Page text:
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  • Dr Seher Mirza and Dr Francesco Mazzarella

Safe spaces for making communities

group of people posing wearing bright colouful garments
‘Decolonising Fashion and Textiles’ project participants wearing their creations. Photo by JC Candanedo.

Over the course of the Decolonising Fashion and Textiles project (DFT), we became acutely aware of the shortage of not only safe spaces for refugees and asylum seekers but also of spaces of belonging and interaction with others whom they might never come into direct contact with. We reflected on the parallel lives that diverse communities in the UK live alongside one another, where some interactions that could shift perspectives and create changes in perception never happen. Through our intensive workshop programme and a student project brief we facilitated at LCF, we learnt that participants as well as members of the public have few opportunities to interact with one another. 

“Interaction and experience with ‘others’ are the foremost precursors of change, creating shifts in perception.”

– Dr Seher Mirza

 

Back in the Summer of 2023, we facilitated external activities for project participants with refugee and asylum-seeking backgrounds – to broaden networks and capacities and build further connections. This started with a public action we delivered in Parliament Square in London in partnership with Citizens UK and Together with Refugees, advocating for the protection of children’s ‘Freedom to Play’. At this event, our project participants showed and held up the banners they had created in the workshops collectively. Three participants spoke publicly – sharing their collective manifestos for a compassionate future, while demonstrating their self-confidence, sense of agency and hope.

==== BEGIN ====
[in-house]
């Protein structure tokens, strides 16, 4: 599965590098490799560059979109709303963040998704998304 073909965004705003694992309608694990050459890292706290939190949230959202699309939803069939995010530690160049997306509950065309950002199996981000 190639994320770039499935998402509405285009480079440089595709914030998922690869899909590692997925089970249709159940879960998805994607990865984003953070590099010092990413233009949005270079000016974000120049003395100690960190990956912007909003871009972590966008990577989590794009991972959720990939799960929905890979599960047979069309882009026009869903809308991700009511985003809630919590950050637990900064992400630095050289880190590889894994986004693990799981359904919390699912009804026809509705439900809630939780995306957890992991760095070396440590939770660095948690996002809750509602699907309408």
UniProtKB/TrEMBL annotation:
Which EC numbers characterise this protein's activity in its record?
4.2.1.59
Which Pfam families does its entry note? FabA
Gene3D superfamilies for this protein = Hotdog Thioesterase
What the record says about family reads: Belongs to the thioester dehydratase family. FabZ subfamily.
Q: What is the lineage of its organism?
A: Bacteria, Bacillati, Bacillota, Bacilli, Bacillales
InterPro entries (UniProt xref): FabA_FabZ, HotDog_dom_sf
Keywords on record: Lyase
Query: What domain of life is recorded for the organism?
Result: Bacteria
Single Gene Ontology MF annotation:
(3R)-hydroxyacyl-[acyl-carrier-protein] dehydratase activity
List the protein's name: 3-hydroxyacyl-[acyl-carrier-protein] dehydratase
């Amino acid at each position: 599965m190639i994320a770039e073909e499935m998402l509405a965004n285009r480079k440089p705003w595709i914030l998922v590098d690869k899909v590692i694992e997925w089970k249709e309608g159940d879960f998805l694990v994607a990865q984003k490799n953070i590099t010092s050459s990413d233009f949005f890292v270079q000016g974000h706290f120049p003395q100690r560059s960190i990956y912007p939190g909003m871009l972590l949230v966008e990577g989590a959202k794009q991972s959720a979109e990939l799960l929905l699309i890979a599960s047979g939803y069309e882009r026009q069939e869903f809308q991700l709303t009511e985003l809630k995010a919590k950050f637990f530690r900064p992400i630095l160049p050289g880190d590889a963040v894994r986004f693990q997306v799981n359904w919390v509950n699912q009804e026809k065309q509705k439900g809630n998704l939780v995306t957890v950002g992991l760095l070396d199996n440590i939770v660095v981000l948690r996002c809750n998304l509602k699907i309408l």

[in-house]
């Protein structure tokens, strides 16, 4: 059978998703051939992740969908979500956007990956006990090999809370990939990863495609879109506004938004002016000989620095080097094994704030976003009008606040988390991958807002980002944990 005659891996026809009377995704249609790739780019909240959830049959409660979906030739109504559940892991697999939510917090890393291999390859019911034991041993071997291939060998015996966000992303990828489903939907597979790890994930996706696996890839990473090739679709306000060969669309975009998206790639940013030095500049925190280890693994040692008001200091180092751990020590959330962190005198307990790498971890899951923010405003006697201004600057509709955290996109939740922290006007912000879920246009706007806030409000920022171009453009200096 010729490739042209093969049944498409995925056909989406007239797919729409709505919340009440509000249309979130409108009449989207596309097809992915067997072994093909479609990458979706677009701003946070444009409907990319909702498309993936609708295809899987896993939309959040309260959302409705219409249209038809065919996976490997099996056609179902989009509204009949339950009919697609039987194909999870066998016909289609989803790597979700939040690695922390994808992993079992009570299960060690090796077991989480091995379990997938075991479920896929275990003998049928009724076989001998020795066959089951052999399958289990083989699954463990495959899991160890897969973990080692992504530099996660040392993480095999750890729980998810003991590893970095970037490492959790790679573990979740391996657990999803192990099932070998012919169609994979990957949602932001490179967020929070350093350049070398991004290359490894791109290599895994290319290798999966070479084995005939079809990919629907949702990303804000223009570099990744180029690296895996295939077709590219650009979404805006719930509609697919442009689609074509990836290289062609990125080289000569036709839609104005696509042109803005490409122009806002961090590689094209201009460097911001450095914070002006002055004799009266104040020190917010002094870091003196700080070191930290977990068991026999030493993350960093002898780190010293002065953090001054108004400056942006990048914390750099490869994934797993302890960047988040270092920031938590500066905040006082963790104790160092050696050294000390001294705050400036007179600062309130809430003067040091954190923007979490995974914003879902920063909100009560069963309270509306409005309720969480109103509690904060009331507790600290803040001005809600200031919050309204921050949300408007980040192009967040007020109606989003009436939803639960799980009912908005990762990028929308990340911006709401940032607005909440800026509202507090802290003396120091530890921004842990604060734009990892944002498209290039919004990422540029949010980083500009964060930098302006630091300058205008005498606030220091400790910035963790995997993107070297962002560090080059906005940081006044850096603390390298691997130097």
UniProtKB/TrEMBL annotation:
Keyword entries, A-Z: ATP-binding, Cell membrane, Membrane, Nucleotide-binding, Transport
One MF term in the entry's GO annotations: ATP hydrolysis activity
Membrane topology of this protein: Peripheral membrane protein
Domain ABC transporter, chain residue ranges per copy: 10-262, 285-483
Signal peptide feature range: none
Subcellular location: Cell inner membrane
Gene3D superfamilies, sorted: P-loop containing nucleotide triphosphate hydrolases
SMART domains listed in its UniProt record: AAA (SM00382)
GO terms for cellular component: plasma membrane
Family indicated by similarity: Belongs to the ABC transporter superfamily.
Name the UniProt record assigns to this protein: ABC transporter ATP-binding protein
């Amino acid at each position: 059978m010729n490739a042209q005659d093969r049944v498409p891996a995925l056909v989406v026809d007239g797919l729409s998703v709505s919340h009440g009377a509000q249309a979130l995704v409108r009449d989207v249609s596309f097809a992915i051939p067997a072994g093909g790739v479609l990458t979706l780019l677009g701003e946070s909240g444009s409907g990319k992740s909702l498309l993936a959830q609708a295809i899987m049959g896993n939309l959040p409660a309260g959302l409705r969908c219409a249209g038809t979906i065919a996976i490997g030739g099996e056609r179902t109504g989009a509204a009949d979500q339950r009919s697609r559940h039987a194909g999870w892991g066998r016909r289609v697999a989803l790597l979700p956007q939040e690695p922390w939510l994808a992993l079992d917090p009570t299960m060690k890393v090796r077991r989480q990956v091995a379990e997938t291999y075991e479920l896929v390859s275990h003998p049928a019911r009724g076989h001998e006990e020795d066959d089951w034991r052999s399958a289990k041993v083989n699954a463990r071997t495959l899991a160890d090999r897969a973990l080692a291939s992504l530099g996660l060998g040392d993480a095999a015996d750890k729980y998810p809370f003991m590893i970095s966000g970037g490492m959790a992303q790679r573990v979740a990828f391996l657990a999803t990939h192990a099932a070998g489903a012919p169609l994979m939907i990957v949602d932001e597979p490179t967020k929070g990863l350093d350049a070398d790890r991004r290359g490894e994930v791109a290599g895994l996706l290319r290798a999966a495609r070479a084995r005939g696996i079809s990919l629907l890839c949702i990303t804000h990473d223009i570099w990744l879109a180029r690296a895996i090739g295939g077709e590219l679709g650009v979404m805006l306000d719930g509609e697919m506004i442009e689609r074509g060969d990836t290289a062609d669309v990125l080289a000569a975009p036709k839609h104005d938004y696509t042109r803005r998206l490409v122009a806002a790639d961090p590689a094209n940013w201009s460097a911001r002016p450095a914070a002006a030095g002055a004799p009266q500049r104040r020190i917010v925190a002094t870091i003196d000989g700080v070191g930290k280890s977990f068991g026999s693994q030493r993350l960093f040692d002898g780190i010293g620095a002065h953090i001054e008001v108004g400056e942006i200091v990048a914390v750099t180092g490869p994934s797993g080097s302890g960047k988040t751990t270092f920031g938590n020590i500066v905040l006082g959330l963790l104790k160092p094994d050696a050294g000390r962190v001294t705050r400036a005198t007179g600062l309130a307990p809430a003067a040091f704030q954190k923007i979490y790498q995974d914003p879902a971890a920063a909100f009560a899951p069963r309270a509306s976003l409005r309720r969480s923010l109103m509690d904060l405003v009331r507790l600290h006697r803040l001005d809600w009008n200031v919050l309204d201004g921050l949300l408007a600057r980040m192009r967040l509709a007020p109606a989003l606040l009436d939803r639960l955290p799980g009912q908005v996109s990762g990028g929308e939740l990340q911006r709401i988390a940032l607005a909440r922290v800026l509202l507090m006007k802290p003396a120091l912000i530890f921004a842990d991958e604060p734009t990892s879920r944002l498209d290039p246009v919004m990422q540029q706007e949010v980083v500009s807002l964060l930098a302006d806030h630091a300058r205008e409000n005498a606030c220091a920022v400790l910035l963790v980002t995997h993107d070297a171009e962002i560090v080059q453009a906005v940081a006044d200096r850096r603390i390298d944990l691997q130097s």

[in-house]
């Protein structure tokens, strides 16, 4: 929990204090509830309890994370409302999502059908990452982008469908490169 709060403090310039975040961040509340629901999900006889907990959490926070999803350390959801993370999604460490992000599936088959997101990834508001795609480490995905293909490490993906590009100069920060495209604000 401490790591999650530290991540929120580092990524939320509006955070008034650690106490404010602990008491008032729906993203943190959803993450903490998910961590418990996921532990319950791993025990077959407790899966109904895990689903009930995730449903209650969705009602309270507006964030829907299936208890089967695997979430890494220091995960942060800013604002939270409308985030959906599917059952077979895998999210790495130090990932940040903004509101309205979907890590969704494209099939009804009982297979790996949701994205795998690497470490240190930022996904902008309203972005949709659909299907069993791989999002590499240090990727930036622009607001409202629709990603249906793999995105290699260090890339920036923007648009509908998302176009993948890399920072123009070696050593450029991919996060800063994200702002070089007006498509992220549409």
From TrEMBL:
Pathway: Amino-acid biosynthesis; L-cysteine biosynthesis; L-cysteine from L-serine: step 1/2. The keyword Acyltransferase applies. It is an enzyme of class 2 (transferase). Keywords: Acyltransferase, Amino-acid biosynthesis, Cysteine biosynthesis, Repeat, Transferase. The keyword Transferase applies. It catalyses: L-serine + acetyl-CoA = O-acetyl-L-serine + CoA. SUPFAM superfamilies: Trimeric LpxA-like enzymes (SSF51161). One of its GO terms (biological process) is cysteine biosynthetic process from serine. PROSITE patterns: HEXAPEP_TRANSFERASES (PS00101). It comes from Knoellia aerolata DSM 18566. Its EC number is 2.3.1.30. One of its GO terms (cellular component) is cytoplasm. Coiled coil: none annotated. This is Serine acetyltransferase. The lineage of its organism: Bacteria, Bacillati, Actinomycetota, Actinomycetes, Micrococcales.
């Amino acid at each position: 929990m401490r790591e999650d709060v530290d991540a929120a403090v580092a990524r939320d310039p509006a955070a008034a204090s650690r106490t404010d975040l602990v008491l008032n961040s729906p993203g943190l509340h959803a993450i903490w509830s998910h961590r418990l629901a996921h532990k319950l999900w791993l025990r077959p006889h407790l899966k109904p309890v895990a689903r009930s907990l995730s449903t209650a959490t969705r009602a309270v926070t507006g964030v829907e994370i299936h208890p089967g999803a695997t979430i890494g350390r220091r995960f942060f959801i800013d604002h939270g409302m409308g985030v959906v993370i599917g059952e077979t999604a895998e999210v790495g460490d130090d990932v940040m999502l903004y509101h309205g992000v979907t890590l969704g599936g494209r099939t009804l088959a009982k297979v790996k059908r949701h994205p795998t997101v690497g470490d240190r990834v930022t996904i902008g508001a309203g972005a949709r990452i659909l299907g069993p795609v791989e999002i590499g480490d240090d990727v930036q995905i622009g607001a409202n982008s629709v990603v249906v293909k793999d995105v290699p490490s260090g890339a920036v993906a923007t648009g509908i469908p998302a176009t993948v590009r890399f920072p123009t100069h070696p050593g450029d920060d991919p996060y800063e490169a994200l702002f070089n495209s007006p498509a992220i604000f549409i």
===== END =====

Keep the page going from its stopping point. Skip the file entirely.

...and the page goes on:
group of school children and refugee parfticipants holding signs outside parliment
Public action ‘Freedom to Play’ in Parliament Square. Photo by Michela Ajani.

Next was a private guided tour of the Fashion Collection at the V&A with curator Jessica Harpley, who inspired the project participants with the vast collection of historical garments, jewellery, and accessories from all over the world. The tour also provoked interesting debates around decolonising fashion and cultural sustainability. Some participants shared with us that they were not aware that the V&A or other London museums and large galleries were open to the public and had free entry. They have now discovered new cultural organisations they can start to connect with as they rebuild their lives in London.  

 

A day-long workshop of design and making was organised with the Art Workers Guild (AWG) through the guild’s outreach committee. The AWG is a charitable organisation that comprises of over 400 designers, makers, artists, and architects who excel in their fields. This workshop provided an opportunity to have diverse conversations and mutual learning in spaces which would not normally be accessible to participants. It included craft demonstrations by guild members and a chance to try a craft for the rest of the day. The success of this can be underlined by how engaged the participants became, asking for more similar interactions. It also changed perspectives of the demonstrators who might have had preconceived ideas of participants who are labelled ‘refugees’, instead finding them so ‘engaged, enthusiastic and eager to learn’.